For many types of cancer, survival rates have increased dramatically -- but there's still plenty of room for improvement. Now, researchers are trying to expand tailored therapies that work for some types of tumors on other types of tumors as well.
Part of the reason why cancer is so dangerous is that it "hides" itself from the body's immune system. If you can get the body to recognize the tumors, you have a very strong ally in defeating cancer. This is where CAR T-cell therapy comes in.
CAR T-cell (Chimeric Antigen Receptor T-cell) therapy is a highly specialized form of immunotherapy and one of the more promising avenues against cancer. The process involves extracting immune cells (T cells) from a patient and modifying them. Specifically, the cells are modified so that they can recognize and target specific molecules on tumors.
The challenge is making sure the T cells can recognize the cancerous cells and attack them, while at the same time leaving healthy cells intact. For instance, CAR-T cell therapy against some forms of leukemia and lymphoma target a molecule CD19, which is present on tumor cells. But CD19 is not present, however, in acute myeloid leukemia (AML) cells.
So researchers have to find other molecule candidates, but it's kind of like finding a needle in the haystack.
Two research teams led by Professor Sebastian Kobold together with Dr. Adrian Gottschlich from LMU Munich have used AI algorithms to scan 25,000 potential cell surface molecules. Ultimately, they zoomed in on two promising molecules.
“Such an analysis would not have been possible a few years ago, since the required single-cell data has been generated only very recently,” says Dr. Carsten Marr, who led the AI-assisted analysis part of the study at Helmholtz Munich, in a statement for LMU Munich.
The resulting CAR-T cells were then tested on different cells, including cells from AML patients. The results are very promising: “Not only are these CAR-T cells effective against AML, they also destroy hardly any healthy cells,” says Kobold.
The next step is to figure out good manufacturing practices (GMP) through which these cells can be produced at a larger scale. When GMP manufacturing is achieved, researchers can move on with clinical trials. Kobold expects the first tests to take place in the next 2-3 years.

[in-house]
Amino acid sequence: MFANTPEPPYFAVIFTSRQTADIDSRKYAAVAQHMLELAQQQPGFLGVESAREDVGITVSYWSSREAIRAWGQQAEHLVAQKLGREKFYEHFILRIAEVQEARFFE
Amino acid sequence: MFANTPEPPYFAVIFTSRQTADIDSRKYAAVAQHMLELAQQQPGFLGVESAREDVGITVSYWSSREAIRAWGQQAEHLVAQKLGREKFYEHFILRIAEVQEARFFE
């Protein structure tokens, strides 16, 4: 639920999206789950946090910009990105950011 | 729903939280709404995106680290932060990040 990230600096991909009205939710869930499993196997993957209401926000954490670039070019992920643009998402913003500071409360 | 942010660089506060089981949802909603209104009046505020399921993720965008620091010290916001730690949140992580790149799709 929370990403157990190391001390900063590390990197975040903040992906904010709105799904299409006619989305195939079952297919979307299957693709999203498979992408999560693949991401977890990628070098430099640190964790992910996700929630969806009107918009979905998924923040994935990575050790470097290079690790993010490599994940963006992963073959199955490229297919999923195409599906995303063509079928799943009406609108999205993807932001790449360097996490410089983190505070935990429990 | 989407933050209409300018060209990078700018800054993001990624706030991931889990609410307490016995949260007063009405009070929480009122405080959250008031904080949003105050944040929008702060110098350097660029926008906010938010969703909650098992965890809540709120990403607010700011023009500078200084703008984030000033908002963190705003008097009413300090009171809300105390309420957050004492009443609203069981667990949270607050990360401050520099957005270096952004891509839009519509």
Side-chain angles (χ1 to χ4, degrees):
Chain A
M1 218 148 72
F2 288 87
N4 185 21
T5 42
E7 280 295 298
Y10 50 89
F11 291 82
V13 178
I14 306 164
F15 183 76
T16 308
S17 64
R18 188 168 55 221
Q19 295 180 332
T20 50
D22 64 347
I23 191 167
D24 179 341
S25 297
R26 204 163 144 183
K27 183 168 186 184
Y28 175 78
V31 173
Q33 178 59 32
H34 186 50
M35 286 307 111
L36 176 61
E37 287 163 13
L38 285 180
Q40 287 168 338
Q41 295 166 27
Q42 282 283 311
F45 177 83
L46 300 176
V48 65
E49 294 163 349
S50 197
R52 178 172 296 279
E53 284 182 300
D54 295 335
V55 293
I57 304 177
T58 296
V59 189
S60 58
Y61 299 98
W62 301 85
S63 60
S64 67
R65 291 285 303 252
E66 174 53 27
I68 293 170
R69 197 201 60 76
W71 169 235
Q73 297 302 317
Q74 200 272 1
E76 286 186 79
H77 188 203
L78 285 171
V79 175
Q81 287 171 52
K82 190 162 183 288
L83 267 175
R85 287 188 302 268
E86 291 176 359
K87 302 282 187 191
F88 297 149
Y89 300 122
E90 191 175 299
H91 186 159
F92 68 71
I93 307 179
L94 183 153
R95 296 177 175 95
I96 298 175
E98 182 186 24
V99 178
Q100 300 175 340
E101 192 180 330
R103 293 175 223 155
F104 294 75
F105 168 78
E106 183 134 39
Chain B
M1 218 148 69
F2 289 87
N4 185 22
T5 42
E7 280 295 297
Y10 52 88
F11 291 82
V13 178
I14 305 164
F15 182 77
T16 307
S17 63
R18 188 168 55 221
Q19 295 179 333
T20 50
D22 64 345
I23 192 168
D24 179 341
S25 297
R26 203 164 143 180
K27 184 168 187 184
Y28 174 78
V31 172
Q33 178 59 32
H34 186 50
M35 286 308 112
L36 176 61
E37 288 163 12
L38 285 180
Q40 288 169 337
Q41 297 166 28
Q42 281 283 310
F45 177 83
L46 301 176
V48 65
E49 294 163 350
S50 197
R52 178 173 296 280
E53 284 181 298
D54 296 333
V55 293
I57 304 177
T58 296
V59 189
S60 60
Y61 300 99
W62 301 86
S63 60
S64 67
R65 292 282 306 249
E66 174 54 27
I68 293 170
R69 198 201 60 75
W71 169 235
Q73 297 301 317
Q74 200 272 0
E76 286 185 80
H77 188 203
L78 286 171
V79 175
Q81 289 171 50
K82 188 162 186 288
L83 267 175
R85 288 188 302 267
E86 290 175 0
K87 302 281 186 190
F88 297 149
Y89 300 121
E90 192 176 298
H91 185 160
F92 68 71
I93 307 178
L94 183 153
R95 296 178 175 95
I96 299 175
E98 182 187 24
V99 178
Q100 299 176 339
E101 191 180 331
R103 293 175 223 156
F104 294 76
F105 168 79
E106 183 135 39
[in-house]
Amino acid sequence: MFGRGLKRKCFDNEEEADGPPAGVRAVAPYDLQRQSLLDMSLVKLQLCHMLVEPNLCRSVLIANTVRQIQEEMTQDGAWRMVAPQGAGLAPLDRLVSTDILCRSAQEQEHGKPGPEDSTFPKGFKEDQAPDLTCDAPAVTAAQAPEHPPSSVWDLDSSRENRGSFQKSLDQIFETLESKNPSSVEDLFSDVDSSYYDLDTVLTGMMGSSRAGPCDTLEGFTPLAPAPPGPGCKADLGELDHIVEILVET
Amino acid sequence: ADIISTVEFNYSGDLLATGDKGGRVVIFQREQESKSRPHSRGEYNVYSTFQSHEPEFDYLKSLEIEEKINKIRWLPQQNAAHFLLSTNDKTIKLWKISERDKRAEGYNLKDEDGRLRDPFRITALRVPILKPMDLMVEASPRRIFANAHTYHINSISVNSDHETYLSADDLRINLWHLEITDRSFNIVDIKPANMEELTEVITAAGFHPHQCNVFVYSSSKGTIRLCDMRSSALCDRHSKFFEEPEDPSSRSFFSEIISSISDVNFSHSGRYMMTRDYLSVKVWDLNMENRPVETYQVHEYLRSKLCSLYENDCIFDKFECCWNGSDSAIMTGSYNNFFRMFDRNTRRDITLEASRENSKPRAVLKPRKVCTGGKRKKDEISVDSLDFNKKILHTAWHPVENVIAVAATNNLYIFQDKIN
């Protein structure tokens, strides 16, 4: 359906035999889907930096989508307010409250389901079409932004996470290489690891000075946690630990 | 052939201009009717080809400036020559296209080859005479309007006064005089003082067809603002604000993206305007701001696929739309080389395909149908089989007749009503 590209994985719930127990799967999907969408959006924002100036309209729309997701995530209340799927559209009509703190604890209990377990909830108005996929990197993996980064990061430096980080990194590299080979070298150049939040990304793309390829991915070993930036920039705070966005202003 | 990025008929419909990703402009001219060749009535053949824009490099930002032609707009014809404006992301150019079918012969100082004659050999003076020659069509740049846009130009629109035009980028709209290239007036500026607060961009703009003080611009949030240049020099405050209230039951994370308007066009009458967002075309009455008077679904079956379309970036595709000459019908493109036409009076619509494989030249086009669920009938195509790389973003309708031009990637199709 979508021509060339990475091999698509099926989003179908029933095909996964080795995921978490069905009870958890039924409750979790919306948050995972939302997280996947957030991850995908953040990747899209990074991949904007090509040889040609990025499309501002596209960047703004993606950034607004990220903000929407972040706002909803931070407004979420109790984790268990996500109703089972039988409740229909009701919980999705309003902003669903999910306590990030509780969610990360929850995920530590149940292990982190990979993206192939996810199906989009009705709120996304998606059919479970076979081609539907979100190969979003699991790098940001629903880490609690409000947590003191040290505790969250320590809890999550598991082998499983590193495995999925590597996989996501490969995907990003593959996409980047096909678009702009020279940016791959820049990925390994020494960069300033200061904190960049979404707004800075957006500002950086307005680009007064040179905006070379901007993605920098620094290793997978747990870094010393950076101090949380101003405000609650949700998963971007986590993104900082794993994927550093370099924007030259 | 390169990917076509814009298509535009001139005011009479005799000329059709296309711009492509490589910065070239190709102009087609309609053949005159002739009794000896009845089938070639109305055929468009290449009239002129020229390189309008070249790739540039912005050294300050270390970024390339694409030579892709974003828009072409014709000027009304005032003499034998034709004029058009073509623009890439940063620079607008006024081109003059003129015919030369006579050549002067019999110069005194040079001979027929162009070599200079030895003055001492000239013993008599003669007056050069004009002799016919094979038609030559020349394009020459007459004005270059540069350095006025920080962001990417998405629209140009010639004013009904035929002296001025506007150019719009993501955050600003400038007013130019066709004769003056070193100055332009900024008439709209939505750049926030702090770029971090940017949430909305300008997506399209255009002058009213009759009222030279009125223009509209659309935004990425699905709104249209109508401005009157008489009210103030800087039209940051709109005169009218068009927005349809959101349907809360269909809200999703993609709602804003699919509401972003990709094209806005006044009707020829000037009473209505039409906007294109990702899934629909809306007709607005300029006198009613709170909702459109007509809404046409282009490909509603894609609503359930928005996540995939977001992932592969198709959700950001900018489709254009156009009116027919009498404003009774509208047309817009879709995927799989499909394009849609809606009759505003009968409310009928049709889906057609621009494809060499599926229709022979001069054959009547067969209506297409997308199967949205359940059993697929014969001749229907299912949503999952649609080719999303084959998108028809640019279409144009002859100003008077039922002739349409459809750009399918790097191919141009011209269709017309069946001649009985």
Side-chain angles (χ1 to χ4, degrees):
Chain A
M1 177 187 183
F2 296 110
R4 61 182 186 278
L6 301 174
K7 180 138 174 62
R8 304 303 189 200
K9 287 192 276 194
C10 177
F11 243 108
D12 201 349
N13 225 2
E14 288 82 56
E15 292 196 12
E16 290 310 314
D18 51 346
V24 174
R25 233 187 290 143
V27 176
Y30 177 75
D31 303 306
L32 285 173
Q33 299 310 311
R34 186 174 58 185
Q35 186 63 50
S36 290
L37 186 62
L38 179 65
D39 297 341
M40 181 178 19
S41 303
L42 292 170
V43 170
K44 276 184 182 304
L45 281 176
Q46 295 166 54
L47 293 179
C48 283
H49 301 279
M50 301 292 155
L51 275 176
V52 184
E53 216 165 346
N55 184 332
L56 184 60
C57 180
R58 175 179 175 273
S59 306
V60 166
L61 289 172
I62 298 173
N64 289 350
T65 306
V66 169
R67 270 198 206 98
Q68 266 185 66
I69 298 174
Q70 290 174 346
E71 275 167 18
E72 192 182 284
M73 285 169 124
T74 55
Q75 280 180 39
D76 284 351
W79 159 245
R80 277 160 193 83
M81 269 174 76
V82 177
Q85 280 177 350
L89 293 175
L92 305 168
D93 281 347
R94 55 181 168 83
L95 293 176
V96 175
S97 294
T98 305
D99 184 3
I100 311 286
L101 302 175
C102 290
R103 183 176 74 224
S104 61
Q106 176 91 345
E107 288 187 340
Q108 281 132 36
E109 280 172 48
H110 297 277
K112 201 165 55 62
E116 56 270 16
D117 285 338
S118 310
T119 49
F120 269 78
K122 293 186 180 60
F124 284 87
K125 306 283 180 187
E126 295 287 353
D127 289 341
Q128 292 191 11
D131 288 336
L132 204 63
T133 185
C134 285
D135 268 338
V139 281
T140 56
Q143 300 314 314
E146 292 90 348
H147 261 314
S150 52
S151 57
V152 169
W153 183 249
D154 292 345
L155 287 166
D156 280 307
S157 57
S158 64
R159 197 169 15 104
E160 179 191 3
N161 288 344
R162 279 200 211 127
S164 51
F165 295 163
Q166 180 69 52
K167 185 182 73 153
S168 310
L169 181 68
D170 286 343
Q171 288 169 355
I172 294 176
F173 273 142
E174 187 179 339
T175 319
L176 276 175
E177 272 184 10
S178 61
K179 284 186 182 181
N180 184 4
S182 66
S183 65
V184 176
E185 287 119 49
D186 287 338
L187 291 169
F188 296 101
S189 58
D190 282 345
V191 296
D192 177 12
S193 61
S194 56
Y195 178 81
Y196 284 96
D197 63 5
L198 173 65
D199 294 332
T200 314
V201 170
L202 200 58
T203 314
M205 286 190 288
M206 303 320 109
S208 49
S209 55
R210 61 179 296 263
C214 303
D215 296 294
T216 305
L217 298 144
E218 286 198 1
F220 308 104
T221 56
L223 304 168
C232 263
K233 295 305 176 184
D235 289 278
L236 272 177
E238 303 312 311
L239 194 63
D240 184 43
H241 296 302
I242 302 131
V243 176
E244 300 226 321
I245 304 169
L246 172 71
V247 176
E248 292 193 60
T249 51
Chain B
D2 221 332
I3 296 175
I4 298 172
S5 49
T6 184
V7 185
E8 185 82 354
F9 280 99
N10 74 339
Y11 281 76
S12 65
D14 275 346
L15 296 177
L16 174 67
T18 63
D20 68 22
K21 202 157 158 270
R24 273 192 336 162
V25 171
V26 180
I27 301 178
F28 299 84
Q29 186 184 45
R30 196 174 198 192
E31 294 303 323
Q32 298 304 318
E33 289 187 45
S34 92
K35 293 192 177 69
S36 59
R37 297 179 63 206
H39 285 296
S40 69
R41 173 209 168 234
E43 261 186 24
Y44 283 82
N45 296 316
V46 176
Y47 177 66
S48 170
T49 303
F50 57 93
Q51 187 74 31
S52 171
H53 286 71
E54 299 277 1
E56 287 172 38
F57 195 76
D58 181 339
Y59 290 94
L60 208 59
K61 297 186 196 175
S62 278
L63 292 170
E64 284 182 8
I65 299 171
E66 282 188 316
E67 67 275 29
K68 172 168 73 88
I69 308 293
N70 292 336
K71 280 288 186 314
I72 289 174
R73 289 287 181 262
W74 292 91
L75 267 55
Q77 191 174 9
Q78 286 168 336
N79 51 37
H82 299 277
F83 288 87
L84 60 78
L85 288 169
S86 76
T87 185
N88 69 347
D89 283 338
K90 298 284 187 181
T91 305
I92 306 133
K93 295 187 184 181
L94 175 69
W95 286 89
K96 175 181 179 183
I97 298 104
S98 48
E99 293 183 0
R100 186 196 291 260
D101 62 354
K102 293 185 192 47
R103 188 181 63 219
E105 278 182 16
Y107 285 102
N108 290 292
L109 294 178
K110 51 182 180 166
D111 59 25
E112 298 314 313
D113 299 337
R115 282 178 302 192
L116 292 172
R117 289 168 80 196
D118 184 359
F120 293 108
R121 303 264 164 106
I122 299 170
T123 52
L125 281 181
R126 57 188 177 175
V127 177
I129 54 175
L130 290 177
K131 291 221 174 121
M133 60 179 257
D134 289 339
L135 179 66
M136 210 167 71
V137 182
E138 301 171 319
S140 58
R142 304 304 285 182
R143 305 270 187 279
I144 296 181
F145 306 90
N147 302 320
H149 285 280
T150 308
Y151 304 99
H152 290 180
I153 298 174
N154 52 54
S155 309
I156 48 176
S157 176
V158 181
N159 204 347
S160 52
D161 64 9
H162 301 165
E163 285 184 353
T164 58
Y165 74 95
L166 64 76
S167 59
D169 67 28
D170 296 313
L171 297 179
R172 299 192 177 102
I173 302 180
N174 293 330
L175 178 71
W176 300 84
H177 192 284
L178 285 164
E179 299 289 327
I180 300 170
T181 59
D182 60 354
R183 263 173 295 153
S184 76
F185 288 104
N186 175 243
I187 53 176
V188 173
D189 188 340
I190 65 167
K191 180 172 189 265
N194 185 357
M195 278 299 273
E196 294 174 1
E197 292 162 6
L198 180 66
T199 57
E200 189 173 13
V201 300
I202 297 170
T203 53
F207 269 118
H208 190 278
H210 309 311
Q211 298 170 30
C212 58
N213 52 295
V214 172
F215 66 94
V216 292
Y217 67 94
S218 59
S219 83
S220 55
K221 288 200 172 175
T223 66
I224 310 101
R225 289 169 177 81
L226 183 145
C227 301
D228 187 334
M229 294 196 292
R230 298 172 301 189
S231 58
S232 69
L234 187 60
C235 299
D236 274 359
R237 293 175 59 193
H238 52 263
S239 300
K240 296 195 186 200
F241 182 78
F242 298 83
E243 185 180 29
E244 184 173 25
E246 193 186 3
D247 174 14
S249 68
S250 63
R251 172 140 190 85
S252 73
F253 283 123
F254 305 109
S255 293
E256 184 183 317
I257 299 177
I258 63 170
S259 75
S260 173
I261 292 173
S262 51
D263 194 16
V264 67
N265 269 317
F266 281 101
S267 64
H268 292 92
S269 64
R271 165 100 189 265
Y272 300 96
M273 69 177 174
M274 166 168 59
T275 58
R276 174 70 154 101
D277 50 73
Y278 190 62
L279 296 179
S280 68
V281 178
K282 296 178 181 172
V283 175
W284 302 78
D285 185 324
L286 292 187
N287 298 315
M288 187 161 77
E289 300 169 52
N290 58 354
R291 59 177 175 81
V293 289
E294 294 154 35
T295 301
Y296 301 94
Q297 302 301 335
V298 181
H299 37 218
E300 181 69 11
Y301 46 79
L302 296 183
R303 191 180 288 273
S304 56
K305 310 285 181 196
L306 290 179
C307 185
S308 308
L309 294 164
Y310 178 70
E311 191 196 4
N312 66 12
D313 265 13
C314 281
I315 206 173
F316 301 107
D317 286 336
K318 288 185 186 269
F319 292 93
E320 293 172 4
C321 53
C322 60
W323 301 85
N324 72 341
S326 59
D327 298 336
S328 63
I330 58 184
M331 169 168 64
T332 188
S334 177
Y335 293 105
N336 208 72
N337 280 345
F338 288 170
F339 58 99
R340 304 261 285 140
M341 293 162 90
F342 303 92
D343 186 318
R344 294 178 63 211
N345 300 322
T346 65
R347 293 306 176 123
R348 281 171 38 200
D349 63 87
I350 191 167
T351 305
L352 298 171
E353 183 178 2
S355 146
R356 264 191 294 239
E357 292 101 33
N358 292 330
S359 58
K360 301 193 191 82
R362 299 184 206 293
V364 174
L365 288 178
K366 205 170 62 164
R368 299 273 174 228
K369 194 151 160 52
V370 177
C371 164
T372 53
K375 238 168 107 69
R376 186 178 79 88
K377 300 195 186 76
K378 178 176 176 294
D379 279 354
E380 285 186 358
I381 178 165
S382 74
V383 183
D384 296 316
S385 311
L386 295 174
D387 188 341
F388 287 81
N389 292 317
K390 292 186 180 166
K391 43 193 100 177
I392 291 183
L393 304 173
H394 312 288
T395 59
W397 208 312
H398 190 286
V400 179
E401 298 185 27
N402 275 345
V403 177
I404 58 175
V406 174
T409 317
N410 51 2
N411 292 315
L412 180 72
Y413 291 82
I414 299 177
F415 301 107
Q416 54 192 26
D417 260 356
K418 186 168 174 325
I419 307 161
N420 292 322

Meanwhile, another approach was proposed by Professor Marion Subklewe, and colleagues also at LMU Munich. They worked on a way to target a molecule called CD33 -- and then switch.
The reason is that CD33 is present in many other, non-cancerous cells of the body, which makes side effects severe. This new approach would make customizable CAR-T cells that can switch functions.
“This allows us to manage and control the therapy much better than before," says Subklewe. "We can repeatedly turn it on and off again and we can design and structure treatments in a more individualized fashion. Because we can steer the CAR T-cells to several molecules on tumor cells, we expect that this will produce a stronger and broader immune response against the cancer. By replacing the adapter, we alter the tumor specificity and the approach can therefore be easily transferred to other types of cancer – including solid tumors such as bowel or lung cancer.”
As exciting as this type of treatment is, current approaches are limited to a small number of patients per year. Finding out ways to scale the treatment is also essential if we are to truly tackle cancer.
The future of cancer treatment holds promise. As breakthroughs in immunotherapy and other technologies converge, they enhance our capacity to outsmart this formidable disease. Researchers are optimistic about the road ahead, as the therapeutic landscape evolves and paves the way for new possibilities in cancer treatment. Although scaling challenges still remain, these developments offer hope for improved survival rates and a better quality of life for patients across the globe.